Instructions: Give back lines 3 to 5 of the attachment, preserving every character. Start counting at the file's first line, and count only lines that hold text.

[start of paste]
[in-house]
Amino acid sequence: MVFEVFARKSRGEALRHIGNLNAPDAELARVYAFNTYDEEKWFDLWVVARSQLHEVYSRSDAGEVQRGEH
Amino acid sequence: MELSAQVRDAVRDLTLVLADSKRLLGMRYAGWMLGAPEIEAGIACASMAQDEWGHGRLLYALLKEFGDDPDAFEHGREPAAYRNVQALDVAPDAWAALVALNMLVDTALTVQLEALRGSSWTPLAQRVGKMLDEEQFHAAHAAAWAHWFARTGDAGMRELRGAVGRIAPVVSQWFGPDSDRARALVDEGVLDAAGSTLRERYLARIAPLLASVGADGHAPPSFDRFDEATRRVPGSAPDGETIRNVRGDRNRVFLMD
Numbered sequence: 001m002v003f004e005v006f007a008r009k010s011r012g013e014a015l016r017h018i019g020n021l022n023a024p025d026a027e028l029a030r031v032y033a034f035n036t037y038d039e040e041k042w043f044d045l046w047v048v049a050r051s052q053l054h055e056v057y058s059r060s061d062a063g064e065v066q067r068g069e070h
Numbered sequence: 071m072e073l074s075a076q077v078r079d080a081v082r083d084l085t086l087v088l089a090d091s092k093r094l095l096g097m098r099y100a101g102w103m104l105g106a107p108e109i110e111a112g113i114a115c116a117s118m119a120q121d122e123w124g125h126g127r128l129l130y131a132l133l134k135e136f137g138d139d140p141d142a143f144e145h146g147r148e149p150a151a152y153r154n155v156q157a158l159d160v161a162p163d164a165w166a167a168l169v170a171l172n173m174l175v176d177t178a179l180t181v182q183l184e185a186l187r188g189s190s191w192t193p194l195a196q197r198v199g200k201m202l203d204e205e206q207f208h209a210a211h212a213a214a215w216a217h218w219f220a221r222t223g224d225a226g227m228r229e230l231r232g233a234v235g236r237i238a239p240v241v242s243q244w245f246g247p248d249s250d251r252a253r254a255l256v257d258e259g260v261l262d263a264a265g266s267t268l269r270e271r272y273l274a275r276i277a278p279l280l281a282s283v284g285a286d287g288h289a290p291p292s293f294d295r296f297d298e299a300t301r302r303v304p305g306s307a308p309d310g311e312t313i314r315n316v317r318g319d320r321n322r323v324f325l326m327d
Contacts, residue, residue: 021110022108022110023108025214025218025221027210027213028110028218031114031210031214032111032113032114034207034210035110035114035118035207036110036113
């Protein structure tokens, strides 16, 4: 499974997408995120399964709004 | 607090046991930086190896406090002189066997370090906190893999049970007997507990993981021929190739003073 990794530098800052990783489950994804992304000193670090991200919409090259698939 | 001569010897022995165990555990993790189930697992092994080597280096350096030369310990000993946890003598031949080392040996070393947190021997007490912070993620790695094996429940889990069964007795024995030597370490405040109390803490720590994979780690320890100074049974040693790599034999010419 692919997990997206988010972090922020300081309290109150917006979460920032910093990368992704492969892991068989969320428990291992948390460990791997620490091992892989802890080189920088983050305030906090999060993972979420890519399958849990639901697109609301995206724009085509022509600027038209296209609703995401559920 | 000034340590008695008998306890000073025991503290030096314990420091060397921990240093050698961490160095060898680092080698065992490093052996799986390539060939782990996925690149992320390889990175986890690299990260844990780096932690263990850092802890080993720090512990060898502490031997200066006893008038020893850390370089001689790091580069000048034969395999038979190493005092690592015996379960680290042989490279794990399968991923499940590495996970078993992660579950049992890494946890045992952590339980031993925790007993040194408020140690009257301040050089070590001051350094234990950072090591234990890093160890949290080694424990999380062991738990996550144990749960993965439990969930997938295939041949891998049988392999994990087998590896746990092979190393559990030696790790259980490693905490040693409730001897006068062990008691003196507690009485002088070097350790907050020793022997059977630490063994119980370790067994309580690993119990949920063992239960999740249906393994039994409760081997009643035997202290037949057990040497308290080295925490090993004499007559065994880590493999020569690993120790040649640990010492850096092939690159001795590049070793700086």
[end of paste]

Amino acid sequence: MELSAQVRDAVRDLTLVLADSKRLLGMRYAGWMLGAPEIEAGIACASMAQDEWGHGRLLYALLKEFGDDPDAFEHGREPAAYRNVQALDVAPDAWAALVALNMLVDTALTVQLEALRGSSWTPLAQRVGKMLDEEQFHAAHAAAWAHWFARTGDAGMRELRGAVGRIAPVVSQWFGPDSDRARALVDEGVLDAAGSTLRERYLARIAPLLASVGADGHAPPSFDRFDEATRRVPGSAPDGETIRNVRGDRNRVFLMD
Numbered sequence: 001m002v003f004e005v006f007a008r009k010s011r012g013e014a015l016r017h018i019g020n021l022n023a024p025d026a027e028l029a030r031v032y033a034f035n036t037y038d039e040e041k042w043f044d045l046w047v048v049a050r051s052q053l054h055e056v057y058s059r060s061d062a063g064e065v066q067r068g069e070h
Numbered sequence: 071m072e073l074s075a076q077v078r079d080a081v082r083d084l085t086l087v088l089a090d091s092k093r094l095l096g097m098r099y100a101g102w103m104l105g106a107p108e109i110e111a112g113i114a115c116a117s118m119a120q121d122e123w124g125h126g127r128l129l130y131a132l133l134k135e136f137g138d139d140p141d142a143f144e145h146g147r148e149p150a151a152y153r154n155v156q157a158l159d160v161a162p163d164a165w166a167a168l169v170a171l172n173m174l175v176d177t178a179l180t181v182q183l184e185a186l187r188g189s190s191w192t193p194l195a196q197r198v199g200k201m202l203d204e205e206q207f208h209a210a211h212a213a214a215w216a217h218w219f220a221r222t223g224d225a226g227m228r229e230l231r232g233a234v235g236r237i238a239p240v241v242s243q244w245f246g247p248d249s250d251r252a253r254a255l256v257d258e259g260v261l262d263a264a265g266s267t268l269r270e271r272y273l274a275r276i277a278p279l280l281a282s283v284g285a286d287g288h289a290p291p292s293f294d295r296f297d298e299a300t301r302r303v304p305g306s307a308p309d310g311e312t313i314r315n316v317r318g319d320r321n322r323v324f325l326m327d